I held out for the import version which seems to have the exact same number of tracks, same running order and so on. It comes in a cardboard gatefold sleeve which is nice but nothing special. What may be of interest is the code that is included that gives you access to an additional bonus track via Yep-Roc records. The track is OK: certainly no worse than some on the main album.

My advice? If you're a fan buy it anyway: these are still superior pop songs after all (just be prepared for more than a pang or two of disappointment). If you've not got other FoW albums (and why not?) you'd be better off buying ANY of their previous albums (but in particular their Debut and 'Traffic and Weather' but, really, they're all pretty fantastic..)

All in all a deep disappointment (and that's coming from someone who actually went to Coney Island only because it was name-checked on Red Dragon Tattoo!)
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on 6 August 2011
Just got back to the UK after a holiday in New York with my wife and son as I write this. It was our first time to this one amazing city.

The icing on the cake for us was to see Fountains Of Wayne perform at the Bowery Ballroom in The chinatown district,a small intimate venue regarded by many as one of the best places to see bands perform in New York.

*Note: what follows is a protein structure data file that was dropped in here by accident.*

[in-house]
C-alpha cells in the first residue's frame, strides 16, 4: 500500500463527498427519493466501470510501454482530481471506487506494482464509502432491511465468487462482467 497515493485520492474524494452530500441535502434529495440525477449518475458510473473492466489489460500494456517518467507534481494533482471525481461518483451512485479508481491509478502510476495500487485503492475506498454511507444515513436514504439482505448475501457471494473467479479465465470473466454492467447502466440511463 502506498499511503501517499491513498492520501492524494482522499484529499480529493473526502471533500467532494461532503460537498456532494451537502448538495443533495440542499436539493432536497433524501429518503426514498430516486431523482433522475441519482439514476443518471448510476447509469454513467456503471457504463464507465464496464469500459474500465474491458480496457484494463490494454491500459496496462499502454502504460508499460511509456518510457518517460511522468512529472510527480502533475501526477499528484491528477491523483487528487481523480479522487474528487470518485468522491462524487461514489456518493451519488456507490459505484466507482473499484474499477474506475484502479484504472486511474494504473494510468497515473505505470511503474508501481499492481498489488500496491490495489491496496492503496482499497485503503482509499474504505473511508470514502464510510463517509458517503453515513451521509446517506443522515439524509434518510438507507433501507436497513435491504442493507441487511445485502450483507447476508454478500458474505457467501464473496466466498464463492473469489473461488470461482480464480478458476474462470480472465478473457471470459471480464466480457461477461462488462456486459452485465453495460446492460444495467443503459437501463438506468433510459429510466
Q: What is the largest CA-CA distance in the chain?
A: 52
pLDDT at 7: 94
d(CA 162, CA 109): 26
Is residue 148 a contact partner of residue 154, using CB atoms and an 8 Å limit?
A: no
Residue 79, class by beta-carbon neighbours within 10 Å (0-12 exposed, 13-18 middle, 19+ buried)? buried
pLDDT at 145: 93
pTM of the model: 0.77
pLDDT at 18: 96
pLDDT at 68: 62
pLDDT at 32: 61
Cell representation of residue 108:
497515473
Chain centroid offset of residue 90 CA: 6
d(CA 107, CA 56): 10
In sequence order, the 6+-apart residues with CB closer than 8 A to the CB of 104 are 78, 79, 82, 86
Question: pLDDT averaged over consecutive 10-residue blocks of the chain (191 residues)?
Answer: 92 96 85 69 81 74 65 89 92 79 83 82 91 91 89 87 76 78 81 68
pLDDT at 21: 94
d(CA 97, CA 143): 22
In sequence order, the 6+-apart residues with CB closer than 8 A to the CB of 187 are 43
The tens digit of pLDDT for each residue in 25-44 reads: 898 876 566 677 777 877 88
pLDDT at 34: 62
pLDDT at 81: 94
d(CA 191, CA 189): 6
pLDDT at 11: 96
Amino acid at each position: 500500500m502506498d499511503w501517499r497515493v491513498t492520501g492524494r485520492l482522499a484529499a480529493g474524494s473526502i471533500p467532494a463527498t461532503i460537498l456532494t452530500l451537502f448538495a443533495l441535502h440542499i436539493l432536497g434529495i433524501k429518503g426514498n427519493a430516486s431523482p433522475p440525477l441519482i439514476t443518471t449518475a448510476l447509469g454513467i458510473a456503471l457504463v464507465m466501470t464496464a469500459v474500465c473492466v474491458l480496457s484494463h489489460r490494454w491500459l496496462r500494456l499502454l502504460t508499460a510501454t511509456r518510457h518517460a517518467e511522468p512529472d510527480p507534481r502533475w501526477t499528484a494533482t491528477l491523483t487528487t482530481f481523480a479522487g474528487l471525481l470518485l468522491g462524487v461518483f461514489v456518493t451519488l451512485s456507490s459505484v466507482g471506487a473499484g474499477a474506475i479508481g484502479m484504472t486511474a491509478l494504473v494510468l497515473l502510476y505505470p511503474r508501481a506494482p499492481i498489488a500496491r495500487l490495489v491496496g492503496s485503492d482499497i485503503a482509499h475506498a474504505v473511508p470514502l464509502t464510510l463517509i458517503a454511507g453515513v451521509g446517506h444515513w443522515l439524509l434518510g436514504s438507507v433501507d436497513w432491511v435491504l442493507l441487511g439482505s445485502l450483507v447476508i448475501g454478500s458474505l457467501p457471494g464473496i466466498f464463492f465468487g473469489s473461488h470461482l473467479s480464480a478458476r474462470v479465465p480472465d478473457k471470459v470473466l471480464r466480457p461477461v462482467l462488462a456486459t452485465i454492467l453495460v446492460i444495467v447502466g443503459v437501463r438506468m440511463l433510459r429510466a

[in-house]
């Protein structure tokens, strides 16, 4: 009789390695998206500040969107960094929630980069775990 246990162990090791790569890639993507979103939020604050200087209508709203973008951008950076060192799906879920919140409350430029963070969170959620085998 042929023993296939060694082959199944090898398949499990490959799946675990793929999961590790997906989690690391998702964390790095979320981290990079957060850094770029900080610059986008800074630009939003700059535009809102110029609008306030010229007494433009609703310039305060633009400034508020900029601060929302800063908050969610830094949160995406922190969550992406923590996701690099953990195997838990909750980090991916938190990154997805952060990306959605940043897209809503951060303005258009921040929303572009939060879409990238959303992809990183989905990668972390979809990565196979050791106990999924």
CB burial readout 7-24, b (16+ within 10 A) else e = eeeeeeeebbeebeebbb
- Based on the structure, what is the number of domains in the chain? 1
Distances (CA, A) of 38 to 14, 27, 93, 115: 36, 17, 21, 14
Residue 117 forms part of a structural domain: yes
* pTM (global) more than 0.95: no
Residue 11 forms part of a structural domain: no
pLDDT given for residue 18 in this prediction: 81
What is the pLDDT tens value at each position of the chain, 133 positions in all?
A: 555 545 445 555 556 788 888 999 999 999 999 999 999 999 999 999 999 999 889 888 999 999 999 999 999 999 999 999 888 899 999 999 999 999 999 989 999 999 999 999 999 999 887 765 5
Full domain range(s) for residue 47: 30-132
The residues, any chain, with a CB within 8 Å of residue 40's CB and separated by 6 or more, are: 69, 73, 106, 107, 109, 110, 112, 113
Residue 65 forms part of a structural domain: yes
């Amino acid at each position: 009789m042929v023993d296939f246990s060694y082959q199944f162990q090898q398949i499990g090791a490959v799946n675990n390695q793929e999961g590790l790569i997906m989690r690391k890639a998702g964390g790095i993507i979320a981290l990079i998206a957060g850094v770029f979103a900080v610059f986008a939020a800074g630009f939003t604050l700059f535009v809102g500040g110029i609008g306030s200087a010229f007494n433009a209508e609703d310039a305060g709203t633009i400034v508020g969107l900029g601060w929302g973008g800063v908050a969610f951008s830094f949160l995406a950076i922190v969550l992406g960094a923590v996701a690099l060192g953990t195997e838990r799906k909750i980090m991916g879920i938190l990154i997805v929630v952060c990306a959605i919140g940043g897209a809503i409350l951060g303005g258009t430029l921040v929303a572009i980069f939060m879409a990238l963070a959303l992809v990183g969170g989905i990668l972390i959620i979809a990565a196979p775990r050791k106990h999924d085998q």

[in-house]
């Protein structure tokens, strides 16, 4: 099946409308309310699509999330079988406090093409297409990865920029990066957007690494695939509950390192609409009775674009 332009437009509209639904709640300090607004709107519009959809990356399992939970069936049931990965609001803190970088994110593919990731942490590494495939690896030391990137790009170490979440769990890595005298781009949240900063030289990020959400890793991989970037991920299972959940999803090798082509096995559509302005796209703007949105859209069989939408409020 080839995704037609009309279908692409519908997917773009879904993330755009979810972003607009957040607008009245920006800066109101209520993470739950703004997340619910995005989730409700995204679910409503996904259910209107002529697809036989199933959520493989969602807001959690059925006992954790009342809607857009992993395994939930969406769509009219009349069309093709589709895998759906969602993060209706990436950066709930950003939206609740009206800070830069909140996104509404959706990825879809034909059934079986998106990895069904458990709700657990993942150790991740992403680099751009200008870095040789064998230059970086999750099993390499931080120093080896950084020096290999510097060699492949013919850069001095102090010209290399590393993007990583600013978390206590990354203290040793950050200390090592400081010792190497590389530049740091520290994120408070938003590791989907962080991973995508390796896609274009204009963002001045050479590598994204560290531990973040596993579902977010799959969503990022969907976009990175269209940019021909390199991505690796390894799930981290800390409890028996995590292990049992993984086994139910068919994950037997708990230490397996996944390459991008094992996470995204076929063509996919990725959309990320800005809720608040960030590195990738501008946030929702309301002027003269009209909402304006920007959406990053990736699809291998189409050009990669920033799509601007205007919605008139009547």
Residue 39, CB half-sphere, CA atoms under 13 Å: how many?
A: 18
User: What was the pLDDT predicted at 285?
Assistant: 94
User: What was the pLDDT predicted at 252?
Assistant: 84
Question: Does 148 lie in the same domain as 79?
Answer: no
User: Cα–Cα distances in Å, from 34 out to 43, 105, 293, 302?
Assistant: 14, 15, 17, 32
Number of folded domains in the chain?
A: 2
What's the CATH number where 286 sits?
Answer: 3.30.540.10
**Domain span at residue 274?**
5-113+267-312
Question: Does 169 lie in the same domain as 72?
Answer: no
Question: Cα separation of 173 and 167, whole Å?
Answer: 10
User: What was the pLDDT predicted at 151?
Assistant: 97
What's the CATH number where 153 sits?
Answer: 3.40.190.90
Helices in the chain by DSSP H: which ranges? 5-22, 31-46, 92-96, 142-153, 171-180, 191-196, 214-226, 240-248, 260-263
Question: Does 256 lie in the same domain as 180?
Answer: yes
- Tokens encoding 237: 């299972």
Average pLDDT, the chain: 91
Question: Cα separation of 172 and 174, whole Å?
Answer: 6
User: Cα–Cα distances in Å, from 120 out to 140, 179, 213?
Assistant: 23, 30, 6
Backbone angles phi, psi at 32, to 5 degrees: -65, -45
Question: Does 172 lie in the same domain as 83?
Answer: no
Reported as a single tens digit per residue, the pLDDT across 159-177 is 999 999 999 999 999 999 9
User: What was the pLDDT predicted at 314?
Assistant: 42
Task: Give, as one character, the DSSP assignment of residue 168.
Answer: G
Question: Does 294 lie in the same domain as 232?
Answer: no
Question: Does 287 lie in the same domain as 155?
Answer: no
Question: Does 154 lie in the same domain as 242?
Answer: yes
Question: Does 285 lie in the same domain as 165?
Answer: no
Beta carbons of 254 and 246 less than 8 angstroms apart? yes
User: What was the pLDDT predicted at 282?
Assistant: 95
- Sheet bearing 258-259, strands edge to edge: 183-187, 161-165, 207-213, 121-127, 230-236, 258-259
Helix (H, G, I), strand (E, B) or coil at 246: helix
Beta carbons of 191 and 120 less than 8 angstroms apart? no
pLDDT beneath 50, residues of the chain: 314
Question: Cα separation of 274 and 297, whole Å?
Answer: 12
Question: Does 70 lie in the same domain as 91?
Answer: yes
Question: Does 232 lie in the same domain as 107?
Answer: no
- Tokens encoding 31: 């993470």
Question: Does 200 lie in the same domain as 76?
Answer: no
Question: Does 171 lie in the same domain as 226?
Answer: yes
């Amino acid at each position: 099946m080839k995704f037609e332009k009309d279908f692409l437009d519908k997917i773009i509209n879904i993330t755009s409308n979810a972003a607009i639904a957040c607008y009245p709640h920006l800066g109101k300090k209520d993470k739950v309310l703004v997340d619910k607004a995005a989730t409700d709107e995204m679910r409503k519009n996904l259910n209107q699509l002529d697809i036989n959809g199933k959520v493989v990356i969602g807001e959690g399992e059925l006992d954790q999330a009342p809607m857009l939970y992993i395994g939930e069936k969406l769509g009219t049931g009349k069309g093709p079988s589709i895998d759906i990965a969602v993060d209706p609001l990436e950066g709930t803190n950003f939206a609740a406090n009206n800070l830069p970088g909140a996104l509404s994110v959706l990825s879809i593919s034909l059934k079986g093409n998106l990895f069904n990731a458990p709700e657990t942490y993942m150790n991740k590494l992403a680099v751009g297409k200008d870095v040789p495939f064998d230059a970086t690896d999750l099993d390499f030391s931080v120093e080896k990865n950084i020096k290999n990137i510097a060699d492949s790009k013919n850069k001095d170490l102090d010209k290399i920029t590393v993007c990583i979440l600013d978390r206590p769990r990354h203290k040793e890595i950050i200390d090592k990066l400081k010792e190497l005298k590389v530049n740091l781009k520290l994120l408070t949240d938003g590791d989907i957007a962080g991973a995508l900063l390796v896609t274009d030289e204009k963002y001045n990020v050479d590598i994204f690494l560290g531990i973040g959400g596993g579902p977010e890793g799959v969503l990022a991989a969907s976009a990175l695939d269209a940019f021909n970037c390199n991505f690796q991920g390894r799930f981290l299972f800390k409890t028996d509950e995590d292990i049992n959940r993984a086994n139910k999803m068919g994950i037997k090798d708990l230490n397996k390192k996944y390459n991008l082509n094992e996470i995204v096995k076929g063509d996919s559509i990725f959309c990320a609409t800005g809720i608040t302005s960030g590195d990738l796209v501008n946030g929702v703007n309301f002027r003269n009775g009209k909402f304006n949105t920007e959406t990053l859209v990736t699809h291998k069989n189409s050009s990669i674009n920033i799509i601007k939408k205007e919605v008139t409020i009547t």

And boy! were they good, performing THE SUMMER PLACE and RICHIE AND RUBEN the first two tracks from this stunning new album,
with songs of course from their other albums.
What I can't understand, is how this band have never made it big over here in the UK, because they should be. Most people you ask
have not even heard of them and I bet we were the only three Brits at the venue that night.

A sky full of holes is as good as anything they have done in the past, and their fantastic trade mark story line songs
allows your imagination to connect with what they are conveying in their music and lyrics.

Stylistically FOUNTAINS OF WAYNE are the modern day American Beatles, an accolade I really think they truly deserve!
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on 23 August 2011
FoW are the American Squeeze, playing catchy, timeless songs with sharp, acerbic lyrics. This is a relatively low key FoW album - hugely enjoyable throughout but without the stand out tracks you find in their best work. It was a great soundtrack to a recent holiday. Be nice to see them tour the UK but since they're no longer with a major label, maybe that's unlikely.
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on 2 December 2016
These guys never disappoint with their melodic pop tunes full of great lyrics and modern culture mentions. Just a great listen, loving this immensely.